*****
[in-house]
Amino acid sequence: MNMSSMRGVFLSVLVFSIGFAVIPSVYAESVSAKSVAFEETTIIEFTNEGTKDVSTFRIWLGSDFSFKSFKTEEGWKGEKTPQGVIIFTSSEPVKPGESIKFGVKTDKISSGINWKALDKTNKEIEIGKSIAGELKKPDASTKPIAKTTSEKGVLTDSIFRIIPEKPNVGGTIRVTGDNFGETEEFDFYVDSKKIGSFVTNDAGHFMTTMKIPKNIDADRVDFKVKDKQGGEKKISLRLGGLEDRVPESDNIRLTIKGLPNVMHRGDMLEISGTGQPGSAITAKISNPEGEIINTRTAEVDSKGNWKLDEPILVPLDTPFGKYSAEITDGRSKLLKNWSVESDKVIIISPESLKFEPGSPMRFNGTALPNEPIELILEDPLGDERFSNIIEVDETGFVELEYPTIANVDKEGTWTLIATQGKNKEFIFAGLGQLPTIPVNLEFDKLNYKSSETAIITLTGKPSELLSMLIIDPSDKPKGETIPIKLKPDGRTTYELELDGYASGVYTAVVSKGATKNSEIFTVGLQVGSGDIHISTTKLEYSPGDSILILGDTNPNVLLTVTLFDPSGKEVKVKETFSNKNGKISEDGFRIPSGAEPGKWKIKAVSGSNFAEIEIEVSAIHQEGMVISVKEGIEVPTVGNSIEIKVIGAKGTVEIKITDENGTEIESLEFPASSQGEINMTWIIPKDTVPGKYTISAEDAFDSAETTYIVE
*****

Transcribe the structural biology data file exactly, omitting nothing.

[in-house]
Amino acid sequence: MNMSSMRGVFLSVLVFSIGFAVIPSVYAESVSAKSVAFEETTIIEFTNEGTKDVSTFRIWLGSDFSFKSFKTEEGWKGEKTPQGVIIFTSSEPVKPGESIKFGVKTDKISSGINWKALDKTNKEIEIGKSIAGELKKPDASTKPIAKTTSEKGVLTDSIFRIIPEKPNVGGTIRVTGDNFGETEEFDFYVDSKKIGSFVTNDAGHFMTTMKIPKNIDADRVDFKVKDKQGGEKKISLRLGGLEDRVPESDNIRLTIKGLPNVMHRGDMLEISGTGQPGSAITAKISNPEGEIINTRTAEVDSKGNWKLDEPILVPLDTPFGKYSAEITDGRSKLLKNWSVESDKVIIISPESLKFEPGSPMRFNGTALPNEPIELILEDPLGDERFSNIIEVDETGFVELEYPTIANVDKEGTWTLIATQGKNKEFIFAGLGQLPTIPVNLEFDKLNYKSSETAIITLTGKPSELLSMLIIDPSDKPKGETIPIKLKPDGRTTYELELDGYASGVYTAVVSKGATKNSEIFTVGLQVGSGDIHISTTKLEYSPGDSILILGDTNPNVLLTVTLFDPSGKEVKVKETFSNKNGKISEDGFRIPSGAEPGKWKIKAVSGSNFAEIEIEVSAIHQEGMVISVKEGIEVPTVGNSIEIKVIGAKGTVEIKITDENGTEIESLEFPASSQGEINMTWIIPKDTVPGKYTISAEDAFDSAETTYIVE